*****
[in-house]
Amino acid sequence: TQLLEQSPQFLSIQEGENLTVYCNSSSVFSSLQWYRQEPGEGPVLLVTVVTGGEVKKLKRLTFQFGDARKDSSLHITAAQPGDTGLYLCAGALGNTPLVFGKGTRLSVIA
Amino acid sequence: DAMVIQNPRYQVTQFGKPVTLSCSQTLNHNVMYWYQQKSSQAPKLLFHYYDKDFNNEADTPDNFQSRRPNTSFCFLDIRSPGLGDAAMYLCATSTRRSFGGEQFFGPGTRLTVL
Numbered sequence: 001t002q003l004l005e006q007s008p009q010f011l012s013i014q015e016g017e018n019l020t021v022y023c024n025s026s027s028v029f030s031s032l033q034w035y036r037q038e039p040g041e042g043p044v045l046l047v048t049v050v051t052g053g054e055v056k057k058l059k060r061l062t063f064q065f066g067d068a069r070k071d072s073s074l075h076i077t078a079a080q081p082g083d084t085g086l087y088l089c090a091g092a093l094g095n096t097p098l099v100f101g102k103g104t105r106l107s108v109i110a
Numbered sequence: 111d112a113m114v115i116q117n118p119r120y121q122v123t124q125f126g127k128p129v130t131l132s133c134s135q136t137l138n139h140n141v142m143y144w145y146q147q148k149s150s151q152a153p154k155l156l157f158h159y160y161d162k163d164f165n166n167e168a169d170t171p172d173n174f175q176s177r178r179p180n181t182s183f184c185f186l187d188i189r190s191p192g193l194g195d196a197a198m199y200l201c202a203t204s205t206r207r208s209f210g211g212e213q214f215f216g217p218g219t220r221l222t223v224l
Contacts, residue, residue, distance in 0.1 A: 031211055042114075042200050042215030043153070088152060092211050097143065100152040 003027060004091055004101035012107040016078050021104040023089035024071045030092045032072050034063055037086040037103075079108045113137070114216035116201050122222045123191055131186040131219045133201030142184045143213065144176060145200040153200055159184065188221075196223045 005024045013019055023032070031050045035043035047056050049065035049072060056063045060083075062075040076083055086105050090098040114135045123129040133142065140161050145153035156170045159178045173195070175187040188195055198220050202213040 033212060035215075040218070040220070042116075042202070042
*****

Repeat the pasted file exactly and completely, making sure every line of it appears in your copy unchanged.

[in-house]
Amino acid sequence: TQLLEQSPQFLSIQEGENLTVYCNSSSVFSSLQWYRQEPGEGPVLLVTVVTGGEVKKLKRLTFQFGDARKDSSLHITAAQPGDTGLYLCAGALGNTPLVFGKGTRLSVIA
Amino acid sequence: DAMVIQNPRYQVTQFGKPVTLSCSQTLNHNVMYWYQQKSSQAPKLLFHYYDKDFNNEADTPDNFQSRRPNTSFCFLDIRSPGLGDAAMYLCATSTRRSFGGEQFFGPGTRLTVL
Numbered sequence: 001t002q003l004l005e006q007s008p009q010f011l012s013i014q015e016g017e018n019l020t021v022y023c024n025s026s027s028v029f030s031s032l033q034w035y036r037q038e039p040g041e042g043p044v045l046l047v048t049v050v051t052g053g054e055v056k057k058l059k060r061l062t063f064q065f066g067d068a069r070k071d072s073s074l075h076i077t078a079a080q081p082g083d084t085g086l087y088l089c090a091g092a093l094g095n096t097p098l099v100f101g102k103g104t105r106l107s108v109i110a
Numbered sequence: 111d112a113m114v115i116q117n118p119r120y121q122v123t124q125f126g127k128p129v130t131l132s133c134s135q136t137l138n139h140n141v142m143y144w145y146q147q148k149s150s151q152a153p154k155l156l157f158h159y160y161d162k163d164f165n166n167e168a169d170t171p172d173n174f175q176s177r178r179p180n181t182s183f184c185f186l187d188i189r190s191p192g193l194g195d196a197a198m199y200l201c202a203t204s205t206r207r208s209f210g211g212e213q214f215f216g217p218g219t220r221l222t223v224l
Contacts, residue, residue, distance in 0.1 A: 031211055042114075042200050042215030043153070088152060092211050097143065100152040 003027060004091055004101035012107040016078050021104040023089035024071045030092045032072050034063055037086040037103075079108045113137070114216035116201050122222045123191055131186040131219045133201030142184045143213065144176060145200040153200055159184065188221075196223045 005024045013019055023032070031050045035043035047056050049065035049072060056063045060083075062075040076083055086105050090098040114135045123129040133142065140161050145153035156170045159178045173195070175187040188195055198220050202213040 033212060035215075040218070040220070042116075042202070042